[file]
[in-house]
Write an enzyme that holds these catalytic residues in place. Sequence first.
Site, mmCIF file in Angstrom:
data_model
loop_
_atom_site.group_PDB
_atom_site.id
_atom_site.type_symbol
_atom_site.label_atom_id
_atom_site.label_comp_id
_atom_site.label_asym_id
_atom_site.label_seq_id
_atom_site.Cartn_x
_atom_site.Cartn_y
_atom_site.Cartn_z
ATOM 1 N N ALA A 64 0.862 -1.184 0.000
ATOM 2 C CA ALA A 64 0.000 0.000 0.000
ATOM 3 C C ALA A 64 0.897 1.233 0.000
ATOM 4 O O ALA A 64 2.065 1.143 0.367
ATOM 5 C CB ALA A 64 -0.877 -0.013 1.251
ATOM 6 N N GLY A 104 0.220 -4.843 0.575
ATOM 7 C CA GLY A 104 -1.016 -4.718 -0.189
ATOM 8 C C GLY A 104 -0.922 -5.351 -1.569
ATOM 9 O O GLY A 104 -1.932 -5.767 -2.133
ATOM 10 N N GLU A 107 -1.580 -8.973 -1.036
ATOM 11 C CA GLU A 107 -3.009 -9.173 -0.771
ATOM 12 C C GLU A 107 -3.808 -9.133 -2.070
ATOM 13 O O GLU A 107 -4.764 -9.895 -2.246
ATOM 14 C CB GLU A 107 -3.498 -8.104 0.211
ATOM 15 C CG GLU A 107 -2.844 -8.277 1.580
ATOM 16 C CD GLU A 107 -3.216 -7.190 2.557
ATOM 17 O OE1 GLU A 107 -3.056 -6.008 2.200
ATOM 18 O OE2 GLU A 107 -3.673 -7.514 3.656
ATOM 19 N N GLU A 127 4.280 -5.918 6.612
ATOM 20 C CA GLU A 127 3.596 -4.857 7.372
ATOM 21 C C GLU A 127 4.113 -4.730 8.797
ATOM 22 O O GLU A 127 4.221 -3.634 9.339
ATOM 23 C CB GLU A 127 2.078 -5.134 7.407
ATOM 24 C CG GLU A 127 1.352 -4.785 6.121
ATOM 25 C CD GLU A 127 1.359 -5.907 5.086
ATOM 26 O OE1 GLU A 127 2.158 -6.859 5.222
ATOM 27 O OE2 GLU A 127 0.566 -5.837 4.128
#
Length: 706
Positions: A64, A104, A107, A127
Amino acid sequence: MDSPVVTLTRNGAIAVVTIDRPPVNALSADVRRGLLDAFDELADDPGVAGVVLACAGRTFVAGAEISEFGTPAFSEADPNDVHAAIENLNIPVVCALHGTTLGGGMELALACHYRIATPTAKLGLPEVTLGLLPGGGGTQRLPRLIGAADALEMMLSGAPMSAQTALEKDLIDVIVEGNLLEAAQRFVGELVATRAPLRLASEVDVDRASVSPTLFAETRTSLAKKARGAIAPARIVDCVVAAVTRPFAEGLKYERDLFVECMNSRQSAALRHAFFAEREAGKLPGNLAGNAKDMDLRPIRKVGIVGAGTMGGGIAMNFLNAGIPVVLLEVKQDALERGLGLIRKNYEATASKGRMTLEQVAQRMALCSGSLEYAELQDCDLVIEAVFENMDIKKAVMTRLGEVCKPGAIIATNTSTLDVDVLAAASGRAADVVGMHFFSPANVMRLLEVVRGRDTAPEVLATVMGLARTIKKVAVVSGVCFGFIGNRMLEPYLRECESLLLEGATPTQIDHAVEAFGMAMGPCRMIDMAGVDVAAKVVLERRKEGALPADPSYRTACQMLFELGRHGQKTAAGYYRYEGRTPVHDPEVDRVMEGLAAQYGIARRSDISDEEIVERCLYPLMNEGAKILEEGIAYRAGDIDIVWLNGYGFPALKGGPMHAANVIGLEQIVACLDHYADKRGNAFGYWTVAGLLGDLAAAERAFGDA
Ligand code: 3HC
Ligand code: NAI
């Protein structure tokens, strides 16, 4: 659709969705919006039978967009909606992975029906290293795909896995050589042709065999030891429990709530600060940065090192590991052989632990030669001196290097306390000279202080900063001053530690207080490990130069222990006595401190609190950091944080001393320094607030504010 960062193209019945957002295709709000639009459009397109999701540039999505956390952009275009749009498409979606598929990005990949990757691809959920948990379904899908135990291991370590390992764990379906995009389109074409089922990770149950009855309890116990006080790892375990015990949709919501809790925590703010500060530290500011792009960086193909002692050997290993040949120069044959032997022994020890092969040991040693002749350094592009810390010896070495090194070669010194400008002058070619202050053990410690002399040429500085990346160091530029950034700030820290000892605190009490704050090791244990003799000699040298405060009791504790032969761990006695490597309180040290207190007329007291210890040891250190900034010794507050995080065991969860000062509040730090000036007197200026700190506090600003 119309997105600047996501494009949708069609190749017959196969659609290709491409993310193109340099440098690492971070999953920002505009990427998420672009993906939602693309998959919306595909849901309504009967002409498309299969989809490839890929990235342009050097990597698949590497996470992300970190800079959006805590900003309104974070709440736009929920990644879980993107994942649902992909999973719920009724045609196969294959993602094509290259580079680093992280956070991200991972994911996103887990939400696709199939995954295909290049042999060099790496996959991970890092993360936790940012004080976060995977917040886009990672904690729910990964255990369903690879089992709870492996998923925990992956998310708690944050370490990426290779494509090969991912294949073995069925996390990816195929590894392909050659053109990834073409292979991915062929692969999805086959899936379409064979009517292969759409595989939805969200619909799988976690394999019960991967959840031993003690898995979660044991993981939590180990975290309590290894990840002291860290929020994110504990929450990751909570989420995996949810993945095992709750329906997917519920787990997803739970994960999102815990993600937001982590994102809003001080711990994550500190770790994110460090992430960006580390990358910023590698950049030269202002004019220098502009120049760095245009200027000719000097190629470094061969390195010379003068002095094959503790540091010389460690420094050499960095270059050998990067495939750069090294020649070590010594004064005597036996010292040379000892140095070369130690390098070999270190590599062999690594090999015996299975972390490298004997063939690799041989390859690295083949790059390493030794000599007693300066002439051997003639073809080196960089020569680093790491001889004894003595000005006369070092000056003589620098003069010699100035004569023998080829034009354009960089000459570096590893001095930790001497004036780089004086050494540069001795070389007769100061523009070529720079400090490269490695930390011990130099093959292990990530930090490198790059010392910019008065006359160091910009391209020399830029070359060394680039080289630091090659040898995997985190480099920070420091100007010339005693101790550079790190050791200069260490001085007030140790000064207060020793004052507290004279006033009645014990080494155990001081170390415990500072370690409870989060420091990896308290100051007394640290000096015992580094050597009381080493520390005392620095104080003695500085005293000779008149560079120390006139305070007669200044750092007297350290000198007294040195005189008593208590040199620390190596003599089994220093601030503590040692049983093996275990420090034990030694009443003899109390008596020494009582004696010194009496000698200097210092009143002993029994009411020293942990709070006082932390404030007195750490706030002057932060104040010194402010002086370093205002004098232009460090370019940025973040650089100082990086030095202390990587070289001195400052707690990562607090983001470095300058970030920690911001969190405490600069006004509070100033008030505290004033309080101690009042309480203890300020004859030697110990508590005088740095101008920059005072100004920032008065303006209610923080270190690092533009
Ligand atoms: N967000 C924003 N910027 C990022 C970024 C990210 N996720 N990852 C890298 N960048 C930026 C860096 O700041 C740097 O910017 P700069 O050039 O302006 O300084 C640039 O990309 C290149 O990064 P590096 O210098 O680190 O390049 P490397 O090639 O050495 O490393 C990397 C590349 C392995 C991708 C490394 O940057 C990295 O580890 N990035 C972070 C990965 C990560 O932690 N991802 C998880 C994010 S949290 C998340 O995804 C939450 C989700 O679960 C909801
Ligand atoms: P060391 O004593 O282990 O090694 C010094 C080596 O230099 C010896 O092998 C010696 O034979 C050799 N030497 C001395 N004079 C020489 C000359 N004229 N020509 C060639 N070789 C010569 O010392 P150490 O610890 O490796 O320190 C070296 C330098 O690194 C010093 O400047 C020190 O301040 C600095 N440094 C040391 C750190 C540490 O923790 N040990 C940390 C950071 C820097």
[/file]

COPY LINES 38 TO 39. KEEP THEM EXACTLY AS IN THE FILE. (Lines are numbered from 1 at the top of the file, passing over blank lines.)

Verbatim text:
ATOM 23 C CB GLU A 127 2.078 -5.134 7.407
ATOM 24 C CG GLU A 127 1.352 -4.785 6.121